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In Spencer L. Murfey, III, et al. v. WHC Ventures, LLC, et al., 2020 WL 3957837 (Del. July 13, 2020), the Delaware Supreme Court held that limited partners who were seeking partnership tax records under the terms of a partnership agreement (as opposed to under 6 Del. C. Section 17-305) were not required to meet the “necessary and essential” showing because the partnership agreement did not explicitly condition the inspection rights upon proving that the tax records were “necessary and essential” to their stated purpose.

Delaware courts often look to the Delaware General Corporation Law to decide cases involving alternative entities, such as limited liability companies and limited partnerships. Under 8 Del. C. Section 220, a corporate stockholder can seek books and records of a corporation if the stockholder can show a proper purpose that is reasonably related to such person’s interest as a stockholder.1 Delaware courts have long held that the scope of the demand must be “necessary and essential” to the proper purpose asserted.2

Borrowing from the familiar standards that govern demands for corporate books and records under 8 Del. C. Section 220, Delaware courts have consistently held that statutory demands for a limited partnership’s books and records under 6 Del. C. Section 17-305 (or under 6 Dec. C. Section 18-305 for limited liability companies) must be accompanied by a showing that each request is “necessary and essential” to the demanding party’s stated purpose.3 However, in Murfey, the Delaware Supreme Court held that the “necessary and essential” showing is not required—and no basis exists to infer that the showing should be required—where the inspection right is contractual and the partnership agreement does not expressly condition document inspection rights on satisfying the “necessary and essential” test.4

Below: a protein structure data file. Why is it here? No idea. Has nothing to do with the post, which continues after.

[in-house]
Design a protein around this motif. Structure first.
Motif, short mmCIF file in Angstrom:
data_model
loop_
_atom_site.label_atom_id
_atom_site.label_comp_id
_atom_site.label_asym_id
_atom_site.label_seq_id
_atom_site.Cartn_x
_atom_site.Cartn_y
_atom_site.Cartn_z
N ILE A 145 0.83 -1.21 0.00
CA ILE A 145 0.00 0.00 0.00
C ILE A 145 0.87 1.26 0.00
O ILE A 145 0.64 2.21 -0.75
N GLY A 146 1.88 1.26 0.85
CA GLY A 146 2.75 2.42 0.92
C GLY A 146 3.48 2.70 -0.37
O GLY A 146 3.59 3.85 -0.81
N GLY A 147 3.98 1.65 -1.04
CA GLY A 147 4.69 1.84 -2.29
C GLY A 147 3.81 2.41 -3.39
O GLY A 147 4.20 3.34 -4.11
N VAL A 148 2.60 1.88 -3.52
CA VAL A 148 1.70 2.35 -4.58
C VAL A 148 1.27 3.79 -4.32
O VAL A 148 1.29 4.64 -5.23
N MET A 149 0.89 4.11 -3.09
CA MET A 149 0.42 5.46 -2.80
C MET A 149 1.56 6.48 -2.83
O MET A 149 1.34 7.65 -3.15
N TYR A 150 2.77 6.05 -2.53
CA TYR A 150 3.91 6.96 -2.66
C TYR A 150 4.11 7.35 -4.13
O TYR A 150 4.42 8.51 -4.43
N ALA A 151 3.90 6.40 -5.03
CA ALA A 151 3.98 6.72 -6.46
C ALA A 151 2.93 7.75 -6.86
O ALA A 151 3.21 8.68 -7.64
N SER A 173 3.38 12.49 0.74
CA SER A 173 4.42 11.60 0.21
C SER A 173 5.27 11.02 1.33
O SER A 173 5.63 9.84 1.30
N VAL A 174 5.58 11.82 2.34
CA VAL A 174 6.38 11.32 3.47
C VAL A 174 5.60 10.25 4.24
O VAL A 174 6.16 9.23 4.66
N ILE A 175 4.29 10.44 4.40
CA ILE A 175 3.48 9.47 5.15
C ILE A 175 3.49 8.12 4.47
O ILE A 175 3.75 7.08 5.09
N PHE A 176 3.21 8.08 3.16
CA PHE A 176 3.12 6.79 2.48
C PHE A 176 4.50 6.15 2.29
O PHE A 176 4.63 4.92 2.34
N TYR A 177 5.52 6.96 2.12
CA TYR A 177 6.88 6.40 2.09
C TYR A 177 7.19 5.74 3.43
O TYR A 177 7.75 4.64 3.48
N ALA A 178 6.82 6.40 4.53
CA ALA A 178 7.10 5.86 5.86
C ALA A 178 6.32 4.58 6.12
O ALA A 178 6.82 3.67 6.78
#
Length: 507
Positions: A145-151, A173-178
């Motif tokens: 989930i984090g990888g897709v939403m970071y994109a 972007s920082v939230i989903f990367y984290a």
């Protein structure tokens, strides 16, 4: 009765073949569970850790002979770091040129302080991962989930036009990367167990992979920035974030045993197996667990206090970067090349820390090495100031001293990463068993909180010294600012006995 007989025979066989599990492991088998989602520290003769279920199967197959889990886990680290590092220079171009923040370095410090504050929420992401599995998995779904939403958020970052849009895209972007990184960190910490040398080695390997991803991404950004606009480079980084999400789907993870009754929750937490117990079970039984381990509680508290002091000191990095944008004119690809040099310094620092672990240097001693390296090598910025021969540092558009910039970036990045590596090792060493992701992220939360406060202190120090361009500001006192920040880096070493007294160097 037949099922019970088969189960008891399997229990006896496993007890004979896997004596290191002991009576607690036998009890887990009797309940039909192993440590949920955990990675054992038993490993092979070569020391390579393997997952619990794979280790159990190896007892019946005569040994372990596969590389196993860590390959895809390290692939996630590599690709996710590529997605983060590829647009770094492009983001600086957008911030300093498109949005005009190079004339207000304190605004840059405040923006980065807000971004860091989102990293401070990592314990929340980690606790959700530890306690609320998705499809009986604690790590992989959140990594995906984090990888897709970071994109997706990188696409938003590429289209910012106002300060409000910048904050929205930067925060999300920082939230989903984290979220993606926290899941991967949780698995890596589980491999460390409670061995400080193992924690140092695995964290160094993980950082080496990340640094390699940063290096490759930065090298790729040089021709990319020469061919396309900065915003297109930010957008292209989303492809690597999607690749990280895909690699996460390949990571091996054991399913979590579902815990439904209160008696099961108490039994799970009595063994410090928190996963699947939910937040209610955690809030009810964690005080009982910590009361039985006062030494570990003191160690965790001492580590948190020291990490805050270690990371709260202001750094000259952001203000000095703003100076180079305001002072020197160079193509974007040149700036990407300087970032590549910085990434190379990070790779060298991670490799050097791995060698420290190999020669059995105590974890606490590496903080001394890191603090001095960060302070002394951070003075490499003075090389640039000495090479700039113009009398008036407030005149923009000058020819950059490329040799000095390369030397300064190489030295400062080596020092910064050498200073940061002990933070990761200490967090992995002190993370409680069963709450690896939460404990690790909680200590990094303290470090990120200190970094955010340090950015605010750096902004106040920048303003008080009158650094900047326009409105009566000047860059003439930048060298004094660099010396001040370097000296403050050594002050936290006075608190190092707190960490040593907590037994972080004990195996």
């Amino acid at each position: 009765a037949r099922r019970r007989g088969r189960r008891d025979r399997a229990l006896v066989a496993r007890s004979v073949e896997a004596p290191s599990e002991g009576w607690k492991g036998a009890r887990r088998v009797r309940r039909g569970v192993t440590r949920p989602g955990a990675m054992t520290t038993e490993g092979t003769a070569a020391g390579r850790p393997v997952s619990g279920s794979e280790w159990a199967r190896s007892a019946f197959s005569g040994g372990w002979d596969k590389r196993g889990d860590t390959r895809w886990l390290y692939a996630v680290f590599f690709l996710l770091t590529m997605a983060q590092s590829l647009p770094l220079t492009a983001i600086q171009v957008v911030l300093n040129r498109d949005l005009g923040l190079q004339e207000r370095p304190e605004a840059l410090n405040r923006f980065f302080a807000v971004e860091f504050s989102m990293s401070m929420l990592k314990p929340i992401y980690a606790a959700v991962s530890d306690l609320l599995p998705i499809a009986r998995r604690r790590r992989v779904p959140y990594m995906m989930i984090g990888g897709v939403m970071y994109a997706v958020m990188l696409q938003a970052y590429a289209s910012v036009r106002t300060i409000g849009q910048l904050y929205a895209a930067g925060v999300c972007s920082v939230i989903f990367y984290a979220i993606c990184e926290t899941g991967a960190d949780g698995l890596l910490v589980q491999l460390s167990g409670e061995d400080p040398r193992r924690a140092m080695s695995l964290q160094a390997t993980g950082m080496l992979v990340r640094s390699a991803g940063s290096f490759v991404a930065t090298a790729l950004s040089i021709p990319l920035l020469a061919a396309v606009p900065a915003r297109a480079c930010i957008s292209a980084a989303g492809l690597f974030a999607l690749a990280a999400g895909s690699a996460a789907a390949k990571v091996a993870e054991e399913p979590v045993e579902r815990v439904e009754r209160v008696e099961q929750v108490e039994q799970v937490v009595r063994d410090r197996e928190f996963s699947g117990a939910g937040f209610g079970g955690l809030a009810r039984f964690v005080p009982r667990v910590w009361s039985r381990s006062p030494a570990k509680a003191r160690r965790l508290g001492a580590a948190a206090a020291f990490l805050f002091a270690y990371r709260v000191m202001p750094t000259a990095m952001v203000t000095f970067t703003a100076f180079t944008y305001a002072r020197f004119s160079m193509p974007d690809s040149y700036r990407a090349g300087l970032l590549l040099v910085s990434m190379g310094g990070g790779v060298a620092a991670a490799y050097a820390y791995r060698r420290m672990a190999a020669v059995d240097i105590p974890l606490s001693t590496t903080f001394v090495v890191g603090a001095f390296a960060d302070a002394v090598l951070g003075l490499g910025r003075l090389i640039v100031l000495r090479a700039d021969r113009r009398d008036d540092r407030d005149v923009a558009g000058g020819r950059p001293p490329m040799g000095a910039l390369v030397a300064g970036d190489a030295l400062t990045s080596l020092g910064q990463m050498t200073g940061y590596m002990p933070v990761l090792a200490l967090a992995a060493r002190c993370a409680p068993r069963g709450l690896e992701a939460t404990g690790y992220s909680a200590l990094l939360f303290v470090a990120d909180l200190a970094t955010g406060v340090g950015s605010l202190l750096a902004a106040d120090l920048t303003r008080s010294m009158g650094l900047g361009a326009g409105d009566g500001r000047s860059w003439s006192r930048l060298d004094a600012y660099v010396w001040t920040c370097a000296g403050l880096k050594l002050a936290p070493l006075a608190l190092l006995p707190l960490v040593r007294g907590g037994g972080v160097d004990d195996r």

Background of the case

Murfey arose from a contractual books-and-records demand made by two limited partners of certain limited partnerships.5 As an initial matter, the language in the limited partnership agreements provided that limited partners could request (1) the partnership tax returns and (2) information related to the name, address, capital contributions, and partnership percentage of each limited partner.6 Although many of the books and records sought by the limited partners were produced, one category of documents – the Schedule K-1s attached to the partnerships’ tax returns – remained in dispute between the parties.7 The limited partners were provided with their own K-1s, but the limited partners specifically were seeking the K-1s of the other limited partners for the purposes of (1) valuing their ownership stake in the partnerships and (2) investigating possible mismanagement and wrongdoing.8

The Delaware Court of Chancery, based on its history of interpreting 6 Del. C. Section 17-305 in the same manner as 8 Del. C. Section 220, held that the K-1s were subject to the requirement that documents sought be “necessary and essential” to the investor’s stated purpose.9 Although the partnership agreements did not include the “necessary and essential” language, the Court of Chancery inserted the “necessary and essential” requirement into the contractual framework because it found that the partnership agreements incorporated the requirement applied in cases construing 6 Del. C. Section 17-305.10 The Court of Chancery held that the K-1s failed the “necessary and essential” test.11